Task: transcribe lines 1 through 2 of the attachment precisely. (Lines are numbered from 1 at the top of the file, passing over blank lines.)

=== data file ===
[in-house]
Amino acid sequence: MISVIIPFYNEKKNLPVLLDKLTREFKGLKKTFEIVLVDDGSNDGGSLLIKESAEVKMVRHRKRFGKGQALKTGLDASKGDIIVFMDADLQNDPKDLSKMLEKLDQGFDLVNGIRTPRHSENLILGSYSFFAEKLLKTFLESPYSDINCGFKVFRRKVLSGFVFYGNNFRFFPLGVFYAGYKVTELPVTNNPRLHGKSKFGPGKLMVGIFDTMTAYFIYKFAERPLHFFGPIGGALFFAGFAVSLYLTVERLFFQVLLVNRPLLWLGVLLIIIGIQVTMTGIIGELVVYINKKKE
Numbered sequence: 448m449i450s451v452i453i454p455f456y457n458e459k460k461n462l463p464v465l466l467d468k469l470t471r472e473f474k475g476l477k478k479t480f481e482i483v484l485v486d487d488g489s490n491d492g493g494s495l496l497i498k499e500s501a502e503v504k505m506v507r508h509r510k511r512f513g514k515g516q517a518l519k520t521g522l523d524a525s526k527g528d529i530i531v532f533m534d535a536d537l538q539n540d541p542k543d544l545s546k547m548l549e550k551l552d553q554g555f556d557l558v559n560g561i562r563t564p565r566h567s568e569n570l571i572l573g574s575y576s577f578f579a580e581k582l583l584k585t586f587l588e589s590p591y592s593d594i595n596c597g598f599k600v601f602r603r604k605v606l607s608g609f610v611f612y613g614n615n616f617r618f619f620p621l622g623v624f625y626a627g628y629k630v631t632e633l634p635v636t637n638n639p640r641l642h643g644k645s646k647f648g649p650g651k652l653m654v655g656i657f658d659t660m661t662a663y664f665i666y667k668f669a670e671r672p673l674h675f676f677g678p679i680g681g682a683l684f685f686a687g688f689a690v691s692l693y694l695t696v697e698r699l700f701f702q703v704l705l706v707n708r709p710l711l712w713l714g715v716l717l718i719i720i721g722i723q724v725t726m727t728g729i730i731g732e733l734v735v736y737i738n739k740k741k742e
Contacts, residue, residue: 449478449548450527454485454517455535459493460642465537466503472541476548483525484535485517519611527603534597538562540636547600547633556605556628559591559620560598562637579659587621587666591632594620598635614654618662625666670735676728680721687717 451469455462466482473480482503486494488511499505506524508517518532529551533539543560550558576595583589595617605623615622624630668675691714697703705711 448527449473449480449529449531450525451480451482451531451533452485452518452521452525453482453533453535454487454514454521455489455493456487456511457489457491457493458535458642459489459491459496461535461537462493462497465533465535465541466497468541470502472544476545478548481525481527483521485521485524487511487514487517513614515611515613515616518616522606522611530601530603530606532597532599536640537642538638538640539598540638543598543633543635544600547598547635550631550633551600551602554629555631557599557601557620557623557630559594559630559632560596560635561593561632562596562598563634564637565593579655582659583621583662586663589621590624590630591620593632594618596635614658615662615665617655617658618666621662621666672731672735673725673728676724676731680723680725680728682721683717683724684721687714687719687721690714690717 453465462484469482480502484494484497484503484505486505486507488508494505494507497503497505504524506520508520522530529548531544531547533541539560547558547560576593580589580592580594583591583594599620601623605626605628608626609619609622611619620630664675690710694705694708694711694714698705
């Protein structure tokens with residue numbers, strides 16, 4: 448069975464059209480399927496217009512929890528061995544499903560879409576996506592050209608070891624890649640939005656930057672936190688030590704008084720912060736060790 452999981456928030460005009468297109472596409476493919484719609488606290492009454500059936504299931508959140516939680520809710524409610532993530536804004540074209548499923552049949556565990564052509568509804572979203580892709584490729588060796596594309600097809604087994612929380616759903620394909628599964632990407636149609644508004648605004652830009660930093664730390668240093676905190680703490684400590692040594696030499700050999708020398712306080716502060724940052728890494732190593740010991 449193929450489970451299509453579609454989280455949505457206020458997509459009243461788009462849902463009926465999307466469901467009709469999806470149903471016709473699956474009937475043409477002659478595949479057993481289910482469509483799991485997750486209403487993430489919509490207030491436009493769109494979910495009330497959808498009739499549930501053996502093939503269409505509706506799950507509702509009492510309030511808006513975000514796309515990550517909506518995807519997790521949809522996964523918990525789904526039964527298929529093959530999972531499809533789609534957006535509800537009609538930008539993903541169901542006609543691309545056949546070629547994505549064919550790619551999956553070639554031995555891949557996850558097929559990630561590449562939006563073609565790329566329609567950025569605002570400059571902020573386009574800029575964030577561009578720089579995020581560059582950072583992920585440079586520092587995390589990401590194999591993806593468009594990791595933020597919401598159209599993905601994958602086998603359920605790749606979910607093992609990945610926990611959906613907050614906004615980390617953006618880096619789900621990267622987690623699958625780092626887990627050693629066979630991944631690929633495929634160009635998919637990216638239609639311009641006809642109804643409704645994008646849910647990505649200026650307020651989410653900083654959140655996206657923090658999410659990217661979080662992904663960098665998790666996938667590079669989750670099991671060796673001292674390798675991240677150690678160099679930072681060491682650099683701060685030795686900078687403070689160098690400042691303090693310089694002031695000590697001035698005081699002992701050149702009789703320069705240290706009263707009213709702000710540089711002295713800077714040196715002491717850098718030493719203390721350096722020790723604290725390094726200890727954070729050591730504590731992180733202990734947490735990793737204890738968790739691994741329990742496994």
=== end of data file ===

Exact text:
[in-house]
Amino acid sequence: MISVIIPFYNEKKNLPVLLDKLTREFKGLKKTFEIVLVDDGSNDGGSLLIKESAEVKMVRHRKRFGKGQALKTGLDASKGDIIVFMDADLQNDPKDLSKMLEKLDQGFDLVNGIRTPRHSENLILGSYSFFAEKLLKTFLESPYSDINCGFKVFRRKVLSGFVFYGNNFRFFPLGVFYAGYKVTELPVTNNPRLHGKSKFGPGKLMVGIFDTMTAYFIYKFAERPLHFFGPIGGALFFAGFAVSLYLTVERLFFQVLLVNRPLLWLGVLLIIIGIQVTMTGIIGELVVYINKKKE